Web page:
Philosophy majors tend to get the short end of the stick when it comes to educational stereotypes. Either you’re wasting time at a useless major or you’re an airhead with your thoughts in the cloud.
Philosophy Majors Under the Microscope, but Is It Warranted?
Heck, even Stephen Hawking, one of the biggest eggheads of our time, went on record to declare philosophy dead. Not to mention, earlier this month, Marco Rubio, junior senator from Florida and presidential candidate, had this to say on the matter:
“Welders make more money than philosophers. We need more welders and less philosophers.”
While he was making a point about opening up more vocational schools, social media exploded with irritated philosophers and liberal arts majors aggressively making their opinions known about the value of their work. It also sent news organizations across the board looking up statistics from The Labor Department and comparing the average salaries of welders to philosophers.
Just so you know, welders are making $37,420 annually compared to $63,630 annually in favor of the philosophers, but those numbers themselves don’t shake the stigma of uselessness that surrounds a degree in the oft-disparaged major.
Most philosophy majors go into their chosen study with a plan of where to go, often with the knowledge that what their chosen major isn’t going to be very respected. What might just change your mind about their ambitions is a good look at just how much money and what jobs are implicitly available to our philosophers.
Philosophizing into Law
Clarity of thought and delivery of points is kind of an important skill most philosophers earn as a part of their daily studies. Guess what profession makes absurd amounts of money off of thinking clearly and delivering a good argument?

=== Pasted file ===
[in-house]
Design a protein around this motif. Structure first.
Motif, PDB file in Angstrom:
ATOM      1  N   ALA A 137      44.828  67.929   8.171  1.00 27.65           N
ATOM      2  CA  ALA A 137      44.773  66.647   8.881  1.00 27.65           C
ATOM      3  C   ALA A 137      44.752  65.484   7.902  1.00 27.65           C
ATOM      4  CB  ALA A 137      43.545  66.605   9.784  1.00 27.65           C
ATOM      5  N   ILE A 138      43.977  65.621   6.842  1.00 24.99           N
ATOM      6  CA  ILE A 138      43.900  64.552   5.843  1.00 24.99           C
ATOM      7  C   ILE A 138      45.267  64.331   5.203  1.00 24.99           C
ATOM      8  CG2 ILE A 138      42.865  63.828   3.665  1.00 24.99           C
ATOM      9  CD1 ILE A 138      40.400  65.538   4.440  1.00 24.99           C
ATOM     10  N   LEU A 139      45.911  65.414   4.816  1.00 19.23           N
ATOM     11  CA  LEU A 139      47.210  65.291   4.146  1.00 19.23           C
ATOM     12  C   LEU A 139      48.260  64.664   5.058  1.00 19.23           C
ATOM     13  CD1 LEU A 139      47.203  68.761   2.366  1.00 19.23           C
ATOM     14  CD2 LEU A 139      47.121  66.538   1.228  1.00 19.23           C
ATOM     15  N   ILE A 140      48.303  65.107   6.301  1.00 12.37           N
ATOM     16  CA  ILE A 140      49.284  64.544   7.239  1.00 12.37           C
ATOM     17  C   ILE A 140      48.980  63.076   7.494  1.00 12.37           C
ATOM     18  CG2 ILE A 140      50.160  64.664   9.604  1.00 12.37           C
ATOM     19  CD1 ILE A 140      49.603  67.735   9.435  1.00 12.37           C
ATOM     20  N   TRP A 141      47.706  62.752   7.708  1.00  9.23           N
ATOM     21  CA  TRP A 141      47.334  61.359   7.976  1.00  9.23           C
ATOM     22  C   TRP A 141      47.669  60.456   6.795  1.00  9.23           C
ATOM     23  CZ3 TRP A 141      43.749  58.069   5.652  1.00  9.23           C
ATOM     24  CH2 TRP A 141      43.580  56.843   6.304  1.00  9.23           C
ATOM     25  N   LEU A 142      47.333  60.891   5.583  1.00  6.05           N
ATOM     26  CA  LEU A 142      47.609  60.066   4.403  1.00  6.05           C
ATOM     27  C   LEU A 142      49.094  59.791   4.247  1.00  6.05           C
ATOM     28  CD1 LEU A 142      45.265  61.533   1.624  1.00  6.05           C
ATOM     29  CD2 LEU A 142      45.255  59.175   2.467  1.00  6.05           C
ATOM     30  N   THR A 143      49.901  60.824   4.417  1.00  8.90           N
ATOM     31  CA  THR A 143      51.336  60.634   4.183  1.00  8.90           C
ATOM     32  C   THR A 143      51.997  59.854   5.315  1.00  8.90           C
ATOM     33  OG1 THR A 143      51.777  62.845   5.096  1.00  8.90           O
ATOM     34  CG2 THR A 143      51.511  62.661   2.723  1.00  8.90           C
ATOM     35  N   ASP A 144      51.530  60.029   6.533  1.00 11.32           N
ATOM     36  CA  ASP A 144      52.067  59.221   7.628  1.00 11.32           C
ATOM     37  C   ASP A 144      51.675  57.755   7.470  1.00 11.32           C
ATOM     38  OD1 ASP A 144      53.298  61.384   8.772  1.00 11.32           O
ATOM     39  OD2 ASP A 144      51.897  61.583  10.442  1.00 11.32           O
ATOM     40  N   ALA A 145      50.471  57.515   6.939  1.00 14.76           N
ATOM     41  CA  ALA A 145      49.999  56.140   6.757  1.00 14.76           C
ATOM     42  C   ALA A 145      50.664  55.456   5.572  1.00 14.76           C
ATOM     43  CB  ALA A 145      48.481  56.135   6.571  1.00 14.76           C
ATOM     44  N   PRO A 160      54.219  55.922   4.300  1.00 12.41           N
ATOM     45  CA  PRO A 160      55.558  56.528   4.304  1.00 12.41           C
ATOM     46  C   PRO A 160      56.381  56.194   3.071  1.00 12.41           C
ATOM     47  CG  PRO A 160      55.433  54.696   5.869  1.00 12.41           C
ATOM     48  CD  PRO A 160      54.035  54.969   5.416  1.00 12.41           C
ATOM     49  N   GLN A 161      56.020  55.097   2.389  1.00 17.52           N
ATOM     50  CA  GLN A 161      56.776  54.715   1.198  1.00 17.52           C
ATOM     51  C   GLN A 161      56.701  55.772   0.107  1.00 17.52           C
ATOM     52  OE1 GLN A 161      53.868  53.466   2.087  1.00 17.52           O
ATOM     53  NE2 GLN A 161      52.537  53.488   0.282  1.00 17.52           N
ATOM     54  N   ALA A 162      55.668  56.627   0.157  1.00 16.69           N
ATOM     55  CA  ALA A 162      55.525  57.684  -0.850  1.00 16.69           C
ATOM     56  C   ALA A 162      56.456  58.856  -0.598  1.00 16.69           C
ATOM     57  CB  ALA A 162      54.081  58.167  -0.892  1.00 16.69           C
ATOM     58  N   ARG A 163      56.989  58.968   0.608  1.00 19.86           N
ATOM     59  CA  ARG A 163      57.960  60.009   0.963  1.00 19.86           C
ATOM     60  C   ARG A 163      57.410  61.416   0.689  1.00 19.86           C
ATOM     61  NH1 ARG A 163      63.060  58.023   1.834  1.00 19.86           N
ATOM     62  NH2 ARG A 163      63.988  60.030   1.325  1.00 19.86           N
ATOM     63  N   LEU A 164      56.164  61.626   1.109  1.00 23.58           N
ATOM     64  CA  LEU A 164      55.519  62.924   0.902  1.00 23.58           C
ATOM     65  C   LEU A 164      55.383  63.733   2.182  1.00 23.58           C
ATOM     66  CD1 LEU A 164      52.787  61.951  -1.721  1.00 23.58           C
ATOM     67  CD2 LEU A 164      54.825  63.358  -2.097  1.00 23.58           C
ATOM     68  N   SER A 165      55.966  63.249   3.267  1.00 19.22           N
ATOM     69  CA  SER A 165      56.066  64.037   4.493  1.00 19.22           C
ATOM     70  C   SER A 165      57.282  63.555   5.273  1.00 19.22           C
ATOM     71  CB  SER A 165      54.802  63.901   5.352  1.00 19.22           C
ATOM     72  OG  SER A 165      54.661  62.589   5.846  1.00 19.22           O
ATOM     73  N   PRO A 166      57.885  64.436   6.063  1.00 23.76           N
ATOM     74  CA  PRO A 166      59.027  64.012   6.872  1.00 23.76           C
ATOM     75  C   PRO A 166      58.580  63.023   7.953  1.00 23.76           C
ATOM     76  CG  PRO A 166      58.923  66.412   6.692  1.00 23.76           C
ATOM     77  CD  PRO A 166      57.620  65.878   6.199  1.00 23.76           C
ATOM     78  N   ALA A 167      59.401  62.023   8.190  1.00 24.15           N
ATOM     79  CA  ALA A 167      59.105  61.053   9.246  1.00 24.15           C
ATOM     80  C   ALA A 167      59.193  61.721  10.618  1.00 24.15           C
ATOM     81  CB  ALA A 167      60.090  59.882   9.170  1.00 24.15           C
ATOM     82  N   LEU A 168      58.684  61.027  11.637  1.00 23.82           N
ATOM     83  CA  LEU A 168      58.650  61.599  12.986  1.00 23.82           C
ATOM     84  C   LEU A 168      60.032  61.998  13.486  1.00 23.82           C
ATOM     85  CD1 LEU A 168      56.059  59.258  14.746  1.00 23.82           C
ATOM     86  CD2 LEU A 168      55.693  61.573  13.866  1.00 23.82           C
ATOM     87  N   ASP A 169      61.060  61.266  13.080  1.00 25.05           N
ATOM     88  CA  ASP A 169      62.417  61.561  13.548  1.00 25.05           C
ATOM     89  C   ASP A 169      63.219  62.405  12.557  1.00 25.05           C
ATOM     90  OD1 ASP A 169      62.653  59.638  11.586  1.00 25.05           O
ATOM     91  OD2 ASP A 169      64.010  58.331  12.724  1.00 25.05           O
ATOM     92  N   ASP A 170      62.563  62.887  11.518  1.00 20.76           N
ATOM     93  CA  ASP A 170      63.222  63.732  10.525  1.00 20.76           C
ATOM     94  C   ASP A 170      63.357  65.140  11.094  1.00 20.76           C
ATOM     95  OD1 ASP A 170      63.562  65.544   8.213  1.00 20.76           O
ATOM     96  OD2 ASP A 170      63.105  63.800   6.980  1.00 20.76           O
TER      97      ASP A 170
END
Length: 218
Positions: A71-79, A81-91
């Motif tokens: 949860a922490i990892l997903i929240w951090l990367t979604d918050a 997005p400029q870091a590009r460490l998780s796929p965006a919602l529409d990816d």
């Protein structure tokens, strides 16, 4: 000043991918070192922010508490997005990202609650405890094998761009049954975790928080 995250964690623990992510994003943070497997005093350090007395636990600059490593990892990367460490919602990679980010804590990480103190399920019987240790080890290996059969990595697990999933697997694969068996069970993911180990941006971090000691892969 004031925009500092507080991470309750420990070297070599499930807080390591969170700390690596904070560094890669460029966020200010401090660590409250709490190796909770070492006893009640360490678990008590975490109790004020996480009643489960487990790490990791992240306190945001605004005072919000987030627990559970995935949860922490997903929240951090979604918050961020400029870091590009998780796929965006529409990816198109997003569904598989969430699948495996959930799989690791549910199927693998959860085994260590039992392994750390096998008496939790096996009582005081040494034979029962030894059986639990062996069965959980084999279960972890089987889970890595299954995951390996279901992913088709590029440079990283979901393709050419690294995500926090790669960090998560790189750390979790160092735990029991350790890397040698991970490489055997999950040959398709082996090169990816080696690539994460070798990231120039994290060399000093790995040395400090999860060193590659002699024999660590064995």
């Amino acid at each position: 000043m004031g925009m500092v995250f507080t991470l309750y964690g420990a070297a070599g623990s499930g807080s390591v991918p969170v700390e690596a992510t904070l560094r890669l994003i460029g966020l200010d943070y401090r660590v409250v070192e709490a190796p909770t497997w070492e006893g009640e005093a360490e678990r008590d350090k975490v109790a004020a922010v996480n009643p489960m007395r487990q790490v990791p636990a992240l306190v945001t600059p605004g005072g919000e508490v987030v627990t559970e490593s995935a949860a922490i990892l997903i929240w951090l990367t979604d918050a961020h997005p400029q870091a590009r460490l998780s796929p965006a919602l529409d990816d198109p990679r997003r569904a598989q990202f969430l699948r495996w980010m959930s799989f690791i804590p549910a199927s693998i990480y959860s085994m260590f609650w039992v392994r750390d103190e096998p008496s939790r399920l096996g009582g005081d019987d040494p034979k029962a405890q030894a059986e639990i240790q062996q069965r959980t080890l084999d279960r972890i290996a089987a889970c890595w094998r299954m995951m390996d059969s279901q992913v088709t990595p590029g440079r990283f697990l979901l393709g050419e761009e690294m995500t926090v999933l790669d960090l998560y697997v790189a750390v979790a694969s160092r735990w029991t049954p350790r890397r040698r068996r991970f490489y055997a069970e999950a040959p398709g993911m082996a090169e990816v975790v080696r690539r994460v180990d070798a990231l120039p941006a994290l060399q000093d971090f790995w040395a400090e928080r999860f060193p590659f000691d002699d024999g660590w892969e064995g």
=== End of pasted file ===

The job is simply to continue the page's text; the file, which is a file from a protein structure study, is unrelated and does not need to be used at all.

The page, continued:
Bouncing from philosophy studies into law school may not be one of the first paths to come to mind, but it’s unquestionably one of the most lucrative options when you’re making approximately $115,000 annually.
Philosophizing in Politics and Policy Making
Another obvious and respectable contender under the purview of philosophy: You can start running the bloody country! Qualitative understanding and implementation of state policies are two core themes most philosophy majors are required to tackle through their course work, and bouncing off of Rubio’s profession a bit, a senator can be making as much as $174,000 annually.
While most philosophy majors probably aren’t going to be filling into the few seats available in the top government positions, those same skills protract onto non-profits and consultation jobs just as effectively.
Philosophizing in Business
Contrary to some opinions, businesses actually look for people who have a great all-round liberal arts education. Philosophy majors tend to be fantastic managers and directors because they’ve honed excellent communicative abilities, critical thinking skills, and a willingness to empathize with other people.
Of course, most companies require unique training and on-the-job experience to be completely effective, but a basis in philosophy provides a strong basis for working with people in a corporate environment. Salaries hugely vary but some averages estimate managers and business directors to be making $90,300 annually.
Suffice to say, there’s a lot of respectable work to be found for millennials trying to trudge through the words of Socrates and Hegel. Your work as a philosopher isn’t useless or archaic by any means, and a strong understanding of the skills you’re capable of can take anyone far and wide. Just like anyone else, you just have to be willing to work for it.